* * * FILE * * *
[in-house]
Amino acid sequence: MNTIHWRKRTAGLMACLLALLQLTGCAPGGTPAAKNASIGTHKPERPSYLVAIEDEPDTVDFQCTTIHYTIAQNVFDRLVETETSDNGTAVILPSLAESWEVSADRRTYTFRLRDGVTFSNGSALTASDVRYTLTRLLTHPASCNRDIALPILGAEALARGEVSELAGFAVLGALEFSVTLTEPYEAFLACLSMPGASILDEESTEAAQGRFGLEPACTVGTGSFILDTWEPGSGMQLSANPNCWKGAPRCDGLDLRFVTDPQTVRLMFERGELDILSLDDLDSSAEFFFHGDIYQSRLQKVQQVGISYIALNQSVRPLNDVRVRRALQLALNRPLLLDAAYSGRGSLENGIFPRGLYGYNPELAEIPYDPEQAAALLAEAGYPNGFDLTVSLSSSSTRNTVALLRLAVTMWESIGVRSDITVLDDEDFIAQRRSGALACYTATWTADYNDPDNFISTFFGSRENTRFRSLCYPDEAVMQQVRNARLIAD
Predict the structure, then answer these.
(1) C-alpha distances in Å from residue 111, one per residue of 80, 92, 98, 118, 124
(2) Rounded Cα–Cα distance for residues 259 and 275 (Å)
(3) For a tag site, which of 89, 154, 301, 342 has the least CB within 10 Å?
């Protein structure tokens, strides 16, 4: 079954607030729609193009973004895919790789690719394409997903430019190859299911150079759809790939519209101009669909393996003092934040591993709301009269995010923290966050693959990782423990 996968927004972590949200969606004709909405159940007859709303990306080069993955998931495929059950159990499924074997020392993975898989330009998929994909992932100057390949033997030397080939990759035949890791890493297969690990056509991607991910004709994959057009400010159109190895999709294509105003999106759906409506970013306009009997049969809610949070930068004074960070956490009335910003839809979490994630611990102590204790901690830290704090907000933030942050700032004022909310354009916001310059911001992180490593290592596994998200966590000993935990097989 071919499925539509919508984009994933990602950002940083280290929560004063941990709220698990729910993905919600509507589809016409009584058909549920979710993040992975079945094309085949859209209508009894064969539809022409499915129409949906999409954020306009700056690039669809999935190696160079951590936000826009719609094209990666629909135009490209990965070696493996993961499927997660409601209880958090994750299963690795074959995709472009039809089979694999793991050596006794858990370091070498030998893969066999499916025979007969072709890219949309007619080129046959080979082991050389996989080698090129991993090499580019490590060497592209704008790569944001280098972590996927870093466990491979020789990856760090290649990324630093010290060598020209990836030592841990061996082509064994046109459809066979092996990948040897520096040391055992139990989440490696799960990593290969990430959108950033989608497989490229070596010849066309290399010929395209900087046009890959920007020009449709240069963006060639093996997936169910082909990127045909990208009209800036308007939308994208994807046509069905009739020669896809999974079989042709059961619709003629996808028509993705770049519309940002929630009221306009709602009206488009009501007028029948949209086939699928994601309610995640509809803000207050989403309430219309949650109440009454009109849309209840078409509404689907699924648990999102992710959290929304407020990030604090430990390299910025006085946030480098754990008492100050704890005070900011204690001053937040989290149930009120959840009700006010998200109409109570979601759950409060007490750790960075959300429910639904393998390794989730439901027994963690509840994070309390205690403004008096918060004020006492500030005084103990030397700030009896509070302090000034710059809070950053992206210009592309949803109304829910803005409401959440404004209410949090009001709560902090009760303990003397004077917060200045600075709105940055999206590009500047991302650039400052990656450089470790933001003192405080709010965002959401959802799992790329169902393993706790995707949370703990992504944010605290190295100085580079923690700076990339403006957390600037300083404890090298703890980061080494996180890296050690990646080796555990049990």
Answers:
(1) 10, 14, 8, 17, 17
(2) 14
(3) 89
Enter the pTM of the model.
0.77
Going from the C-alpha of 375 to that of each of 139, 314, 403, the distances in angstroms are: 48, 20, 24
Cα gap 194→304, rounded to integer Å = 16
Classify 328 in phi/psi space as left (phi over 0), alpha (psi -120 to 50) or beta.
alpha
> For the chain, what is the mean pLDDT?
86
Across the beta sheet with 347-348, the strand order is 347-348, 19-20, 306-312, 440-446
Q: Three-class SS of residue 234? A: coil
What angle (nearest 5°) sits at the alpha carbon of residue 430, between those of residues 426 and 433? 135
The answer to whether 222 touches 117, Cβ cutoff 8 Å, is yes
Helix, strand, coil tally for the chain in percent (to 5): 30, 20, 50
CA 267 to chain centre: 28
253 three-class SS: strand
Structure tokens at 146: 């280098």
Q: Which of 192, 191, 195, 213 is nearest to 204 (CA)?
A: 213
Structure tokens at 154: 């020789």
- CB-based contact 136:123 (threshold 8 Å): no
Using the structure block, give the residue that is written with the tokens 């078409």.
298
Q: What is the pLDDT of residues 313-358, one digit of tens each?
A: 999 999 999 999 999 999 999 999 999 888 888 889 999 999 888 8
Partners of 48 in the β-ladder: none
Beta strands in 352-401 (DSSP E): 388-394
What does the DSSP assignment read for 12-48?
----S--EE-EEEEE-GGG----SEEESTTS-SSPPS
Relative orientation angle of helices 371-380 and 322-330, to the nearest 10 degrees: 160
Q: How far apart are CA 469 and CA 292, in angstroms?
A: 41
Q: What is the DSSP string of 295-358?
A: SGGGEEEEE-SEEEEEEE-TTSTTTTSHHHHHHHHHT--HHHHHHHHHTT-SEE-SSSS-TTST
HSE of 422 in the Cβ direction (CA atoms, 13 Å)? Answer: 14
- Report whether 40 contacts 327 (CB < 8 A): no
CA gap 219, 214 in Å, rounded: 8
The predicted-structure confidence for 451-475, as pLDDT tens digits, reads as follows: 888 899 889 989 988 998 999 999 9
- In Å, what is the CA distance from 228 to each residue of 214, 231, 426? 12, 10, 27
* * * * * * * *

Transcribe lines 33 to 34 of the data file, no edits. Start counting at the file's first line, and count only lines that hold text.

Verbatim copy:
298
Q: What is the pLDDT of residues 313-358, one digit of tens each?